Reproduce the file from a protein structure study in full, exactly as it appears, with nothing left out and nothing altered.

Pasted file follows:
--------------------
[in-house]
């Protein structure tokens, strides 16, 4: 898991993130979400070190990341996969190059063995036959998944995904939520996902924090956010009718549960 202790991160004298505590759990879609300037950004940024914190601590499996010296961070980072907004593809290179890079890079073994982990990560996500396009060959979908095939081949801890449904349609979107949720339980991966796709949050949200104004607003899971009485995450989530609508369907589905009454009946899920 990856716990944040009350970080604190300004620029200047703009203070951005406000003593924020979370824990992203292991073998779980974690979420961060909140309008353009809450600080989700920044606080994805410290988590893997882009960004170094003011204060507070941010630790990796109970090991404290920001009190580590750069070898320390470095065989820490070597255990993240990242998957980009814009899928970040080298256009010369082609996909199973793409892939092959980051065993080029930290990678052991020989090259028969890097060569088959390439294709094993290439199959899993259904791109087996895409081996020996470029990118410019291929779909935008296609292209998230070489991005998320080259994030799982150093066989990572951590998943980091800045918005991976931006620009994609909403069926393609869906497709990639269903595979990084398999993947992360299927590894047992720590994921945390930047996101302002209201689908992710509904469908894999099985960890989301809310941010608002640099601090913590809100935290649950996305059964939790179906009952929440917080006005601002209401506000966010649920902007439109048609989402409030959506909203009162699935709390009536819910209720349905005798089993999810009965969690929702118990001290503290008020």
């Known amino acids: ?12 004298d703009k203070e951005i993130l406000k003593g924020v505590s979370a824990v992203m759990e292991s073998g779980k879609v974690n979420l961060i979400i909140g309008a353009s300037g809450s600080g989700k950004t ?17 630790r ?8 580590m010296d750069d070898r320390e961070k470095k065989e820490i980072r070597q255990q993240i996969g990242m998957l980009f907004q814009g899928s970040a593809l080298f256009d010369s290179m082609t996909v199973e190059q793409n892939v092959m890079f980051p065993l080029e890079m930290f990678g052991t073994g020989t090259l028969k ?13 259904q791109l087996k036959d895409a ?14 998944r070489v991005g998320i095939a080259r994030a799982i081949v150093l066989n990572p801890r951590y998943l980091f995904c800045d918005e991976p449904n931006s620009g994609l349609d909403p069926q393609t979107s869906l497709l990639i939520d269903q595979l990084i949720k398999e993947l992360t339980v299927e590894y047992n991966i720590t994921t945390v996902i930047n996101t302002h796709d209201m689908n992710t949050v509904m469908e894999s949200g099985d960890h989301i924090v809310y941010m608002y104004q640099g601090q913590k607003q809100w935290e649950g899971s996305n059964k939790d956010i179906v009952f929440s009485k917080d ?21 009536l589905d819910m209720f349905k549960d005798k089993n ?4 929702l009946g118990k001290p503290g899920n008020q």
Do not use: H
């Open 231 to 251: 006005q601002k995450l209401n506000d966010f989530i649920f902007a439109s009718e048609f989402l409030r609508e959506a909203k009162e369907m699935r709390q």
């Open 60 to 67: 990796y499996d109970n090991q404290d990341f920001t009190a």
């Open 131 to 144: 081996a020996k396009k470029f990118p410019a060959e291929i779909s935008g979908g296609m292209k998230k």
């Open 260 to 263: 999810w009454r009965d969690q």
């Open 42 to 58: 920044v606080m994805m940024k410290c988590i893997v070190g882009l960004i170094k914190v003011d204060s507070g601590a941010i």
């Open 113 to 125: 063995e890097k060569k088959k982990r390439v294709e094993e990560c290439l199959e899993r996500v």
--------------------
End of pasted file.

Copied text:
[in-house]
């Protein structure tokens, strides 16, 4: 898991993130979400070190990341996969190059063995036959998944995904939520996902924090956010009718549960 202790991160004298505590759990879609300037950004940024914190601590499996010296961070980072907004593809290179890079890079073994982990990560996500396009060959979908095939081949801890449904349609979107949720339980991966796709949050949200104004607003899971009485995450989530609508369907589905009454009946899920 990856716990944040009350970080604190300004620029200047703009203070951005406000003593924020979370824990992203292991073998779980974690979420961060909140309008353009809450600080989700920044606080994805410290988590893997882009960004170094003011204060507070941010630790990796109970090991404290920001009190580590750069070898320390470095065989820490070597255990993240990242998957980009814009899928970040080298256009010369082609996909199973793409892939092959980051065993080029930290990678052991020989090259028969890097060569088959390439294709094993290439199959899993259904791109087996895409081996020996470029990118410019291929779909935008296609292209998230070489991005998320080259994030799982150093066989990572951590998943980091800045918005991976931006620009994609909403069926393609869906497709990639269903595979990084398999993947992360299927590894047992720590994921945390930047996101302002209201689908992710509904469908894999099985960890989301809310941010608002640099601090913590809100935290649950996305059964939790179906009952929440917080006005601002209401506000966010649920902007439109048609989402409030959506909203009162699935709390009536819910209720349905005798089993999810009965969690929702118990001290503290008020």
């Known amino acids: ?12 004298d703009k203070e951005i993130l406000k003593g924020v505590s979370a824990v992203m759990e292991s073998g779980k879609v974690n979420l961060i979400i909140g309008a353009s300037g809450s600080g989700k950004t ?17 630790r ?8 580590m010296d750069d070898r320390e961070k470095k065989e820490i980072r070597q255990q993240i996969g990242m998957l980009f907004q814009g899928s970040a593809l080298f256009d010369s290179m082609t996909v199973e190059q793409n892939v092959m890079f980051p065993l080029e890079m930290f990678g052991t073994g020989t090259l028969k ?13 259904q791109l087996k036959d895409a ?14 998944r070489v991005g998320i095939a080259r994030a799982i081949v150093l066989n990572p801890r951590y998943l980091f995904c800045d918005e991976p449904n931006s620009g994609l349609d909403p069926q393609t979107s869906l497709l990639i939520d269903q595979l990084i949720k398999e993947l992360t339980v299927e590894y047992n991966i720590t994921t945390v996902i930047n996101t302002h796709d209201m689908n992710t949050v509904m469908e894999s949200g099985d960890h989301i924090v809310y941010m608002y104004q640099g601090q913590k607003q809100w935290e649950g899971s996305n059964k939790d956010i179906v009952f929440s009485k917080d ?21 009536l589905d819910m209720f349905k549960d005798k089993n ?4 929702l009946g118990k001290p503290g899920n008020q």
Do not use: H
């Open 231 to 251: 006005q601002k995450l209401n506000d966010f989530i649920f902007a439109s009718e048609f989402l409030r609508e959506a909203k009162e369907m699935r709390q």
């Open 60 to 67: 990796y499996d109970n090991q404290d990341f920001t009190a």
């Open 131 to 144: 081996a020996k396009k470029f990118p410019a060959e291929i779909s935008g979908g296609m292209k998230k």
């Open 260 to 263: 999810w009454r009965d969690q």
């Open 42 to 58: 920044v606080m994805m940024k410290c988590i893997v070190g882009l960004i170094k914190v003011d204060s507070g601590a941010i």
């Open 113 to 125: 063995e890097k060569k088959k982990r390439v294709e094993e990560c290439l199959e899993r996500v």